Depression study pinpoints genes that may trigger the condition

April 16, 2018

Nearly 80 genes that could be linked to depression have been discovered by scientists.

The findings could help explain why some people may be at a higher risk of developing the condition, researchers say.

The study could also help researchers develop drugs to tackle mental ill-health, experts say.

Depression affects one in five people in the UK every year and is the leading cause of disability worldwide. Life events - such as trauma or stress - can contribute to its onset, but it is not clear why some people are more likely to develop the condition than others.

Scientists led by the University of Edinburgh analysed data from UK Biobank - a research resource containing health and genetic information for half a million people.

They scanned the genetic code of 300,000 people to identify areas of DNA that could be linked to depression.

Some of the pinpointed genes are known to be involved in the function of synapses, tiny connectors that allow brain cells to communicate with each other through electrical and chemical signals.

The scientists then confirmed their findings by examining anonymised data held by the personal genetics and research company 23andMe, used with the donors' consent.

The study, published in Nature Communications, was funded by Wellcome as part of Stratifying Resilience and Depression Longitudinally, a £4.7 million project to better understand the condition.

Professor Andrew McIntosh of the University of Edinburgh's Centre for Clinical Brain Sciences, who leads the Edinburgh-based research group, said: "Depression is a common and often severe condition that affects millions of people worldwide. These new findings help us better understand the causes of depression and show how the UK Biobank study and big data research has helped advance mental health research.

"We hope that the UK's growing health data research capacity will help us to make major advances in our understanding of depression in coming years."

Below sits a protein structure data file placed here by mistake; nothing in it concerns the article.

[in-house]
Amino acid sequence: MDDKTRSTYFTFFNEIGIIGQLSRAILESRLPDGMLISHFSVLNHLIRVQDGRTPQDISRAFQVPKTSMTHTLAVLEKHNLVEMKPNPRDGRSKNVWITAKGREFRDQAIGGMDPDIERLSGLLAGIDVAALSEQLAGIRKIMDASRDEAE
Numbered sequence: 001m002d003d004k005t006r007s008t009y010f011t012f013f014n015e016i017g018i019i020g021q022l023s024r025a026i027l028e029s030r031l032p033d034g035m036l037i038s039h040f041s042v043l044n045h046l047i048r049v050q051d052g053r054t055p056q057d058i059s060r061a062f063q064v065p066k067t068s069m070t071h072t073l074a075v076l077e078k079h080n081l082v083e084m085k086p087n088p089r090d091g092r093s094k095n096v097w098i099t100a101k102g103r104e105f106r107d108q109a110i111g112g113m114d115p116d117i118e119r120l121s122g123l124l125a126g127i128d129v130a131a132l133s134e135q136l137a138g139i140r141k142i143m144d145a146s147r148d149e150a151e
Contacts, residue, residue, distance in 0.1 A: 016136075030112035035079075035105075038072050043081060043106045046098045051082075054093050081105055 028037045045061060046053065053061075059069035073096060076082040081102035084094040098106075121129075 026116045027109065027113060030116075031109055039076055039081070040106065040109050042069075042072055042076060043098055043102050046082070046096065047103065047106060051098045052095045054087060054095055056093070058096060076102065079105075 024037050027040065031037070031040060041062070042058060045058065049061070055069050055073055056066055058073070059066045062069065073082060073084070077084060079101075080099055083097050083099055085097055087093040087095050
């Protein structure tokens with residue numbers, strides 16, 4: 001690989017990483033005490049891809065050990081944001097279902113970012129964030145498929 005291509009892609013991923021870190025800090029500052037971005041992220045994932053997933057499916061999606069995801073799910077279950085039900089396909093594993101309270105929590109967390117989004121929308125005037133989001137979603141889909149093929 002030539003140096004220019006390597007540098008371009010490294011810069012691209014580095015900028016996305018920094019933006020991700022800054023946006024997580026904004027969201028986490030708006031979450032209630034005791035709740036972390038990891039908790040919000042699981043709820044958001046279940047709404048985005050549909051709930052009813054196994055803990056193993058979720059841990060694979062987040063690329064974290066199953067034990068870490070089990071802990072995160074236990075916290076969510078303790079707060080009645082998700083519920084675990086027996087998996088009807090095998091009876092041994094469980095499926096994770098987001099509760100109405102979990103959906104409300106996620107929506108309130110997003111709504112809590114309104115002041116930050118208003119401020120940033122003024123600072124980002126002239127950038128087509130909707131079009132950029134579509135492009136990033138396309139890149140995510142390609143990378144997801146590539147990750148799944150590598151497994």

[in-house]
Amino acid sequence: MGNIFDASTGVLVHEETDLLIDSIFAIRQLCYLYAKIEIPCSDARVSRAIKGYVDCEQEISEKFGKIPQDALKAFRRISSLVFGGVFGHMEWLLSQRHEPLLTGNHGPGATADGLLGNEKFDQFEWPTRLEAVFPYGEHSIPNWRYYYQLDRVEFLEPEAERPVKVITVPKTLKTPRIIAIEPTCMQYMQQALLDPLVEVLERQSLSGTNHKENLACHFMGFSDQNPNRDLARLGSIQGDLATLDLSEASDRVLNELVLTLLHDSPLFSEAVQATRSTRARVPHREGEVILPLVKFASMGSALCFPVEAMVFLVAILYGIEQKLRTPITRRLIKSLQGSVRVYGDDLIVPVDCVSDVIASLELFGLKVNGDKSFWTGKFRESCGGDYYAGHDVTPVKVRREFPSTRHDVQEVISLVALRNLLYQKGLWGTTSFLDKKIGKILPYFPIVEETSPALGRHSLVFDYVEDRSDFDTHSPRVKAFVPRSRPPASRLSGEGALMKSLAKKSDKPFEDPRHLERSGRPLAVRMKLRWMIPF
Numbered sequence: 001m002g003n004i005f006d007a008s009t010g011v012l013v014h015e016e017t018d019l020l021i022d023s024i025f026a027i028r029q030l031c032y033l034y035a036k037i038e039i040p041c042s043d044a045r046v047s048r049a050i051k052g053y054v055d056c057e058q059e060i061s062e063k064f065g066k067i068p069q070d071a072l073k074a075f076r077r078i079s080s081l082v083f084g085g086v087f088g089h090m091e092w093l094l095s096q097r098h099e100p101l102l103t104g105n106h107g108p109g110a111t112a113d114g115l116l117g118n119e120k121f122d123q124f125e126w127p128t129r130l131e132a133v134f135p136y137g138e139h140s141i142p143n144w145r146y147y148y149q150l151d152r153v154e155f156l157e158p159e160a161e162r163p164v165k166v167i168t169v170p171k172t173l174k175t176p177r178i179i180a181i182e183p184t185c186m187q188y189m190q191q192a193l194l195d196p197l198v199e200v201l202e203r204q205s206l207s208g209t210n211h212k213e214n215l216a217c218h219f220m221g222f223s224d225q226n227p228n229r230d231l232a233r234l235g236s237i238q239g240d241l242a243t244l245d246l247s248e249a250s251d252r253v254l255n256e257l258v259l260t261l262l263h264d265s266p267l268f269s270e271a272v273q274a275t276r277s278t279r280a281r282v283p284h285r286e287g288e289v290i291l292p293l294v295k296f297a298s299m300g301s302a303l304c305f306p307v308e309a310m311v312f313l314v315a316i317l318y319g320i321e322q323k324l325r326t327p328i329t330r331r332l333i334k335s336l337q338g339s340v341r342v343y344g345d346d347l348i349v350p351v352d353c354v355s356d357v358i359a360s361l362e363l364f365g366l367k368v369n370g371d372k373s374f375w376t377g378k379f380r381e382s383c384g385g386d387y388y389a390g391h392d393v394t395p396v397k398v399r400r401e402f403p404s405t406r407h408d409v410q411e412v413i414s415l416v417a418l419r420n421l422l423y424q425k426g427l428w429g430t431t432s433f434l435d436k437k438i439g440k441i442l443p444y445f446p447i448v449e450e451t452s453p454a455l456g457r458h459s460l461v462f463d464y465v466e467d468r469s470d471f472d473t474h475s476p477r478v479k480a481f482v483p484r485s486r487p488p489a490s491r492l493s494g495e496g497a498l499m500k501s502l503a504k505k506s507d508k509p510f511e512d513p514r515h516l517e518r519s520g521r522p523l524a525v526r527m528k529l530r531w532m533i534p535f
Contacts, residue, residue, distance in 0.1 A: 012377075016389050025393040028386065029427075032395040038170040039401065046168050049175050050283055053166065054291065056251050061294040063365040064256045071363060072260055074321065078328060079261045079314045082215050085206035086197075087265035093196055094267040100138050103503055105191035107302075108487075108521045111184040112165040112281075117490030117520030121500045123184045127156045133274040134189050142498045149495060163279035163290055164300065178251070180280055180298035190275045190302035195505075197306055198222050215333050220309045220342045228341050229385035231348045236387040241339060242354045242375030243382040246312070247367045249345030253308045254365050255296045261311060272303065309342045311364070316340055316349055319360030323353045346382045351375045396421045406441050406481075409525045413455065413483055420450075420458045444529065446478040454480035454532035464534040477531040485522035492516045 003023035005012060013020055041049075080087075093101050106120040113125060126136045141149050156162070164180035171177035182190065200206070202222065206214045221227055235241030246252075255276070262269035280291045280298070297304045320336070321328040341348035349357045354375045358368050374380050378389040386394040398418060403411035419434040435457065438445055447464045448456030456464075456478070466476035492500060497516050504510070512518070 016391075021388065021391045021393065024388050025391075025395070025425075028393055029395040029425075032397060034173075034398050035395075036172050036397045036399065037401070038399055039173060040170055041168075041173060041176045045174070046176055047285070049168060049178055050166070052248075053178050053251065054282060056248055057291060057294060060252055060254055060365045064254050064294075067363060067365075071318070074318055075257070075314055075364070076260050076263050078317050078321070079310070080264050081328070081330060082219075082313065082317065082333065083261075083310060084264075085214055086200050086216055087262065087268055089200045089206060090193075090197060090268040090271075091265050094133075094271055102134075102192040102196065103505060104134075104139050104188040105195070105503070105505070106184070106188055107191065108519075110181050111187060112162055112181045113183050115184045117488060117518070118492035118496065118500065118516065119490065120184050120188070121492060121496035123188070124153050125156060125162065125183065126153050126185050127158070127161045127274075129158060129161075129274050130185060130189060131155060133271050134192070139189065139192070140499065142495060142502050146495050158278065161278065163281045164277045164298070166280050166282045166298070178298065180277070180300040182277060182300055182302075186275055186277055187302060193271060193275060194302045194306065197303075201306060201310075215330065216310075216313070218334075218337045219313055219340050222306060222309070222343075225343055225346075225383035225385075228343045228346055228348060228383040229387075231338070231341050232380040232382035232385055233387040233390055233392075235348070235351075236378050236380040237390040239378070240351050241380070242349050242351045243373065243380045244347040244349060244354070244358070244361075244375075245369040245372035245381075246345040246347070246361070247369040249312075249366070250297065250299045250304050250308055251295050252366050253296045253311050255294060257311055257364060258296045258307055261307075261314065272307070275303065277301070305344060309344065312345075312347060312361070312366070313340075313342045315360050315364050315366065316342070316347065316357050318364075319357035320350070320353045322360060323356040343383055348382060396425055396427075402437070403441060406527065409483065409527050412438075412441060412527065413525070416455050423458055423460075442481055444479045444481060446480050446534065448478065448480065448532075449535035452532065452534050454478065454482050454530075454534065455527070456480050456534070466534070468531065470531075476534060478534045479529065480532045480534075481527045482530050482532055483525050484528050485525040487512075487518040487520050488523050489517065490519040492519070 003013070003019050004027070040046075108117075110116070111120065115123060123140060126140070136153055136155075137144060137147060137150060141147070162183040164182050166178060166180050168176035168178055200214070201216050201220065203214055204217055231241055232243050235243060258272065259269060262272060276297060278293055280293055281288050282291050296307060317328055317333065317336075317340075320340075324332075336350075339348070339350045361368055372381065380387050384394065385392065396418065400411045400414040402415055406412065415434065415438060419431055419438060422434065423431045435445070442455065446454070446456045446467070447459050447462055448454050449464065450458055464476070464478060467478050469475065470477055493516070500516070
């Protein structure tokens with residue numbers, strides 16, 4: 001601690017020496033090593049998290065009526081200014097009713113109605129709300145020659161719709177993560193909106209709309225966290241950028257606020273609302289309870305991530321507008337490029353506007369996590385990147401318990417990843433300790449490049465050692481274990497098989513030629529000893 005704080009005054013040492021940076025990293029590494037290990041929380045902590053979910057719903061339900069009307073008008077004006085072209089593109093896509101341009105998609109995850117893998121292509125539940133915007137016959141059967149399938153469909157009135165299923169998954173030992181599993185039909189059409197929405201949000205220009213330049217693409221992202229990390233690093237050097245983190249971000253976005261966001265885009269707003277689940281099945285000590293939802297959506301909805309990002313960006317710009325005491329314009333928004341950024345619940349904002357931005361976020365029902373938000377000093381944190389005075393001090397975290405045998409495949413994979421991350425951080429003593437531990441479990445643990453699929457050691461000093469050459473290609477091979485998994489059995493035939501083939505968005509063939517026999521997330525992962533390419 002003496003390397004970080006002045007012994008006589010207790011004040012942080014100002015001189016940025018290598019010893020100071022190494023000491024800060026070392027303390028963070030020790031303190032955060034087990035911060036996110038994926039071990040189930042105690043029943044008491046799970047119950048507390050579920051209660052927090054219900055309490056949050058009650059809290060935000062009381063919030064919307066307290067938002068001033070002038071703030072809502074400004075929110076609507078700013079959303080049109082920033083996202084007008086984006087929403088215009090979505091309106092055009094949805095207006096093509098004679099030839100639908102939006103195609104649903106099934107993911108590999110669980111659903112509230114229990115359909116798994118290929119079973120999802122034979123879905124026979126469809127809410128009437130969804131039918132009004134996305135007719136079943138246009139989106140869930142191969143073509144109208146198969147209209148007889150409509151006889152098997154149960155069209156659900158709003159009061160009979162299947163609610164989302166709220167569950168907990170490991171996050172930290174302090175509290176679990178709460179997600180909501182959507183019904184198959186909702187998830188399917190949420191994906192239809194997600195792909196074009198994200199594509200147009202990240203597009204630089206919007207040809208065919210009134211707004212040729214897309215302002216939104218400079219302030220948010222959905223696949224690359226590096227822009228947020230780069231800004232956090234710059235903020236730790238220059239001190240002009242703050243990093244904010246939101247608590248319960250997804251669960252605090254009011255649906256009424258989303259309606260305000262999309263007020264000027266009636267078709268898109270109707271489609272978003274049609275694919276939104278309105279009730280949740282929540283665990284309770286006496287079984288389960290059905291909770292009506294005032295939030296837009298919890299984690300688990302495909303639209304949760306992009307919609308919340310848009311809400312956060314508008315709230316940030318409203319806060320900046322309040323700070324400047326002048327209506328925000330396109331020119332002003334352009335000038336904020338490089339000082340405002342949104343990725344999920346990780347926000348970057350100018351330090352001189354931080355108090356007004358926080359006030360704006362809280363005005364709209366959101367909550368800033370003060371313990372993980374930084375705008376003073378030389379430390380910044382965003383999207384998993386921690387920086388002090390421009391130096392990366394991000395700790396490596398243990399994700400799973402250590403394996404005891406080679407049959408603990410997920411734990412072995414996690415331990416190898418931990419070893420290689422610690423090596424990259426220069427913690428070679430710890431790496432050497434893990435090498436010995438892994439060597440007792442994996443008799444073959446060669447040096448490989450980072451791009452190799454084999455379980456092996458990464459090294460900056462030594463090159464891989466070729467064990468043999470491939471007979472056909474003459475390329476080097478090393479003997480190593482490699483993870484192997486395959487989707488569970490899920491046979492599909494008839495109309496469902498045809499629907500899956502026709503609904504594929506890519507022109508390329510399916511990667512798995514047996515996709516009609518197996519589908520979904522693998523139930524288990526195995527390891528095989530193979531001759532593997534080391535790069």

Dr David Howard, Research Fellow at the University of Edinburgh's Centre for Clinical Brain Sciences and lead author of the study, said: "This study identifies genes that potentially increase our risk of depression, adding to the evidence that it is partly a genetic disorder. The findings also provide new clues to the causes of depression and we hope it will narrow down the search for therapies that could help people living with the condition."
-end-


University of Edinburgh

Related Depression Articles from Brightsurf:

Children with social anxiety, maternal history of depression more likely to develop depression
Although researchers have known for decades that depression runs in families, new research from Binghamton University, State University of New York, suggests that children suffering from social anxiety may be at particular risk for depression in the future.

Depression and use of marijuana among US adults
This study examined the association of depression with cannabis use among US adults and the trends for this association from 2005 to 2016.

Maternal depression increases odds of depression in offspring, study shows
Depression in mothers during and after pregnancy increased the odds of depression in offspring during adolescence and adulthood by 70%.

Targeting depression: Researchers ID symptom-specific targets for treatment of depression
For the first time, physician-scientists at Beth Israel Deaconess Medical Center have identified two clusters of depressive symptoms that responded to two distinct neuroanatomical treatment targets in patients who underwent transcranial magnetic brain stimulation (TMS) for treatment of depression.

A biological mechanism for depression
Researchers report that in depressed individuals there are increased amounts of an unmodified structural protein, called tubulin, in lipid rafts compared with non-depressed individuals.

Depression in adults who are overweight or obese
In an analysis of primary care records of 519,513 UK adults who were overweight or obese between 2000-2016 and followed up until 2019, the incidence of new cases of depression was 92 per 10,000 people per year.

Why stress doesn't always cause depression
Rats susceptible to anhedonia, a core symptom of depression, possess more serotonin neurons after being exposed to chronic stress, but the effect can be reversed through amygdala activation, according to new research in JNeurosci.

Which comes first: Smartphone dependency or depression?
New research suggests a person's reliance on his or her smartphone predicts greater loneliness and depressive symptoms, as opposed to the other way around.

Depression breakthrough
Major depressive disorder -- referred to colloquially as the 'black dog' -- has been identified as a genetic cause for 20 distinct diseases, providing vital information to help detect and manage high rates of physical illnesses in people diagnosed with depression.

CPAP provides relief from depression
Researchers have found that continuous positive airway pressure (CPAP) treatment of obstructive sleep apnea (OSA) can improve depression symptoms in patients suffering from cardiovascular diseases.

Read More: Depression News and Depression Current Events
Brightsurf.com is a participant in the Amazon Services LLC Associates Program, an affiliate advertising program designed to provide a means for sites to earn advertising fees by advertising and linking to Amazon.com.